How Rudolph The Red Nose Reindeer Almost Didn’t Happen
In recent Wall Street Journal, Bob Greene shares a delightful column headlined “Rudolph Almost Wasn’t The Most Famous Reindeer.”
Most all of us can sing a few bars of “Rudolph the Red Nose Reindeer” and we certainly hear the song piped in on the intercom as we shop.
But the creation of Rudolph almost didn’t happen. Here’s why:
In 1939, Montgomery Ward copywriter Robert May was struggling with a new assignment: His boss asked him to conceive a picture book that Ward could sell.
The assignment came at a tough time: His wife was suffering from a long illness. He was broke and his only copy assignments were boring… writing about men’s white shirts, for example. Once, he had seen himself writing a great American novel. But now hearing younger colleagues voicing big career plans, May felt like a loser.
As Greene writes, the morning he got the assignment, he was directed to conceive “an animal story with a main character like Ferdinand the Bull.”
But May had other ideas. He went back to a personal essay he had written in the Gettysburg Times about how a small deer, Rudolph, came into prominence. May was quick to decide that the animal should be a reindeer given the Santa Claus theme.
He asked himself, “What could a little reindeer teach children?”
One night, looking out his window, May noticed a street light dimmed by fog. “Eureka! A light! A big bright red nose that could guide Santa through the fog.”
He took his idea to his boss, who rejected it outright. Cartoonists often use red noses to depict drunkenness, an image that could hurt Montgomery Ward, he explained. “Can’t you do better than that?” implored May’s boss.
But May knew in his heart the idea was good one and went around his boss to an art department colleague, Denver Gillen, who drew the deer with a big red nose and made him look endearing.
A week or so later May went back to his boss with the drawing and got the green light to proceed on the project. But it had to be rushed in order to have the books printed in time for Christmas.
Sadly, May’s wife died in July. His boss, thinking May was too grieved to continue working on the book, offered to let someone else finish it.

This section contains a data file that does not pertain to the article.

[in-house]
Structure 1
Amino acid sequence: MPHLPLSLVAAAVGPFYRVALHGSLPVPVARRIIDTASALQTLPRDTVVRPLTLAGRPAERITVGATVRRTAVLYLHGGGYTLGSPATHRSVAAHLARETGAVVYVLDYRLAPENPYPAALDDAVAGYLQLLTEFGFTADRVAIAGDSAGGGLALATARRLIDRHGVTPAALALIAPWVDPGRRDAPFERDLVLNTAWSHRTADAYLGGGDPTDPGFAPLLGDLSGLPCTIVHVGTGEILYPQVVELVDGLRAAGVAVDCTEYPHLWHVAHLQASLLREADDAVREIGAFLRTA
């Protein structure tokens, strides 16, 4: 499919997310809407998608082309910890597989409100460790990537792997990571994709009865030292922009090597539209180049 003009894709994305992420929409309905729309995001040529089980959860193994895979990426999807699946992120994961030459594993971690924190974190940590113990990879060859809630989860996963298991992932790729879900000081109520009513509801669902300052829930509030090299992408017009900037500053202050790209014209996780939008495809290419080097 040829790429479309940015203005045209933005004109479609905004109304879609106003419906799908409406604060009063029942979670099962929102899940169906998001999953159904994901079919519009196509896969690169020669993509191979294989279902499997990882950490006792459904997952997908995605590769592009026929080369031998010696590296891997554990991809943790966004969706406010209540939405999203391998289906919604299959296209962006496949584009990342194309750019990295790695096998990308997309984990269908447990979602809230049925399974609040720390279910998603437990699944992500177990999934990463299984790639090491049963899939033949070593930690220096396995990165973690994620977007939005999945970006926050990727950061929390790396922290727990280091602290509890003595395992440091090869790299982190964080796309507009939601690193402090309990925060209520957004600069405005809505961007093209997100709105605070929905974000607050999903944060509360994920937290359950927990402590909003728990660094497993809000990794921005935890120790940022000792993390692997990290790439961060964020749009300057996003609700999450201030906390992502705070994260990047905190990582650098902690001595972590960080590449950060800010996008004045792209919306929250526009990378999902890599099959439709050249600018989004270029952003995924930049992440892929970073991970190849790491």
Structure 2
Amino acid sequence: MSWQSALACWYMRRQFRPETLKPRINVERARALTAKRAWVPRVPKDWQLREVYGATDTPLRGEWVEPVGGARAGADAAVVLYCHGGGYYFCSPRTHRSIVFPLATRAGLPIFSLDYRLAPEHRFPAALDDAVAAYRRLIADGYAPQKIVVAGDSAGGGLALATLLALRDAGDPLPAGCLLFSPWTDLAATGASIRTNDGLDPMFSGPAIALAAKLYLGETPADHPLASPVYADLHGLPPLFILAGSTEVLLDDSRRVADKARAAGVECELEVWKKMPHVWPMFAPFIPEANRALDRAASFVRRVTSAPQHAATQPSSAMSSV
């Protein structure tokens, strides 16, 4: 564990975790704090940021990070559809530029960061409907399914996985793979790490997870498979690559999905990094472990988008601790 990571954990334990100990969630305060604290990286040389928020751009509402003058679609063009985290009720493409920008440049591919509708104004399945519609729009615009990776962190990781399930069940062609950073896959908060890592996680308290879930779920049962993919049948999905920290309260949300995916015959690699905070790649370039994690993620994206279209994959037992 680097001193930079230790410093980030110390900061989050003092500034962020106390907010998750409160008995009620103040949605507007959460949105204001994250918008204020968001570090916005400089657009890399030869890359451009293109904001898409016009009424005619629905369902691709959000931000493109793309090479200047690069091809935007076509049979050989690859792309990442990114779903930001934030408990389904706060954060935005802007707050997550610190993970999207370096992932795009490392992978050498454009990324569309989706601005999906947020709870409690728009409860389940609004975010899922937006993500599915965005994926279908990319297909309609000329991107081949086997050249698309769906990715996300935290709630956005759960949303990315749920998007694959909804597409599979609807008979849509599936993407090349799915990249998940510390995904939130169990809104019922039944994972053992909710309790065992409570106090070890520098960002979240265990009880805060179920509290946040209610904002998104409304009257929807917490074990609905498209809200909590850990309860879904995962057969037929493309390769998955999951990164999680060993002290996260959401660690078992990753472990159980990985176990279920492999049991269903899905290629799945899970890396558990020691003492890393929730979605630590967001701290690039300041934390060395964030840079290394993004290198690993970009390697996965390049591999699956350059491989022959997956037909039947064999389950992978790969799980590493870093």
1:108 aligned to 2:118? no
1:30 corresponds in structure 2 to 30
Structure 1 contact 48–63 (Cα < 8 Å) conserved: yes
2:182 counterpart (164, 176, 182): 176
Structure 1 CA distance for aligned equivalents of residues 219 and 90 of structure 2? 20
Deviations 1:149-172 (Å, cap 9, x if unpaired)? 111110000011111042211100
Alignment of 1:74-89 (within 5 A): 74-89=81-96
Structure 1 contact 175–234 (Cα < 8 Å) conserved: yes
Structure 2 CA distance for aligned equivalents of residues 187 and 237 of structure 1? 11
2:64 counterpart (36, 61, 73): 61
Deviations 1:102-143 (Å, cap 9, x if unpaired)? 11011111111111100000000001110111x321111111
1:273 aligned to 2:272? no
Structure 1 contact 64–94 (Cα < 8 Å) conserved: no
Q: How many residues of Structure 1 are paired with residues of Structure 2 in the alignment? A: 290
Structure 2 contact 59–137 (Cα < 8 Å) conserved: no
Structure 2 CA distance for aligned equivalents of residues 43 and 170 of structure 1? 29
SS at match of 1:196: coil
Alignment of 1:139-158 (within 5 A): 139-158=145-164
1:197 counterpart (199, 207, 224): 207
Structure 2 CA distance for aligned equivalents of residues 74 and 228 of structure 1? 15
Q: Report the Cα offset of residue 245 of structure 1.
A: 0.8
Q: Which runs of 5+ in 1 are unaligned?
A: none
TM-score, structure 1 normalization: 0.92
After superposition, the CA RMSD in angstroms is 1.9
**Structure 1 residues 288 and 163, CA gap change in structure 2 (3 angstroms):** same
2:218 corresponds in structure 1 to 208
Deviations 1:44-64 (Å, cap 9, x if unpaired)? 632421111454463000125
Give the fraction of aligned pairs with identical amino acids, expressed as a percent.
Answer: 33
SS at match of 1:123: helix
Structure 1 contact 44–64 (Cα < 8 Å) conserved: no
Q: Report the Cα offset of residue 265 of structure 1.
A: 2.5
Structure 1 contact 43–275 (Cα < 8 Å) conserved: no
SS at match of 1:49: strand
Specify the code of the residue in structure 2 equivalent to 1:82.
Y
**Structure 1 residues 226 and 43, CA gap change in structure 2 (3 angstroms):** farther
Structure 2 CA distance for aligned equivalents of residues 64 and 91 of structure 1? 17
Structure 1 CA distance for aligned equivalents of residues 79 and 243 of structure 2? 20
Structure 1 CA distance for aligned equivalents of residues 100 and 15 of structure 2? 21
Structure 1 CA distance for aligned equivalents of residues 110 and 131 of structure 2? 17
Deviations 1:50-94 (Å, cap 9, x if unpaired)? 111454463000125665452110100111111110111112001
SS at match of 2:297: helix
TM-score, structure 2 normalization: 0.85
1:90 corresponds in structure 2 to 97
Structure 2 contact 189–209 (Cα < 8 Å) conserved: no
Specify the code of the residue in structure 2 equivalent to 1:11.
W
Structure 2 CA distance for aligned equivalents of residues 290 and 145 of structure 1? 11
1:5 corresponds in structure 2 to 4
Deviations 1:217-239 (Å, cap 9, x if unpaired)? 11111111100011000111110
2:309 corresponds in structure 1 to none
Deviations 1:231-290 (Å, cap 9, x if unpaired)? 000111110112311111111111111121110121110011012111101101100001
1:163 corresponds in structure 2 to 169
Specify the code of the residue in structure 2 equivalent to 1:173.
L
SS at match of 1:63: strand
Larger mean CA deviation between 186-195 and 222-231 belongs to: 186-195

May resisted. His instincts told him he needed Rudolph more than ever and launched into the writing the book. By late August, it was done.
Montgomery Ward customers loved the Rudolph character and two million of them took home copies of the give-away book. A publisher printed a version for book stores and this mass-marketed edition became a best-seller.
Good things continued to happen. May’s brother-in-law turned the story into a song which Gene Autry recorded in 1949. The record became a mash-hit and was followed by animated TV specials and book spinoffs.
All because Robert May followed his instincts and stuck to his guns.
-Bosses can sometimes be short-sighted. Stand up for your idea. The worst thing that can happen is you are shown the door, but the upside of standing your ground is so worth it.
-Robert May channeled his own loser mentality into the character of Rudolph whose bright nose was viewed as a strange anomaly by his fellow deer.
-But that all changed when Santa chose Rudolf with his “nose so bright” to guide his sleigh through the dark.
– There’s a big lesson here:
Instead of trying to ignore or change the thing that makes you different: Feature it!
I’m proof positive this can happen. I have a deep southern accent from growing up in rural North Carolina. After hearing me speak at an event, a male attendee asked if I wanted to speak internationally. “You’ll have to lose the accent,” he advised. But he was dead wrong. Over the years, as I’ve keynoted internationally, my accent has become my personal signature. When international audiences are wearing headphones, and I point out my accent and its origin, smiles appear on their faces and my accent playfully bonds me to those audiences. Moreover, people seem to remember me because of it.
This holiday season, carry the story of Rudolf in your heart.
And, in the New Year when you hit some rough patches, as we all do, remember Robert May who bloomed from “loser” to “a long-remembered, beloved story teller.
Happy holidays, everyone!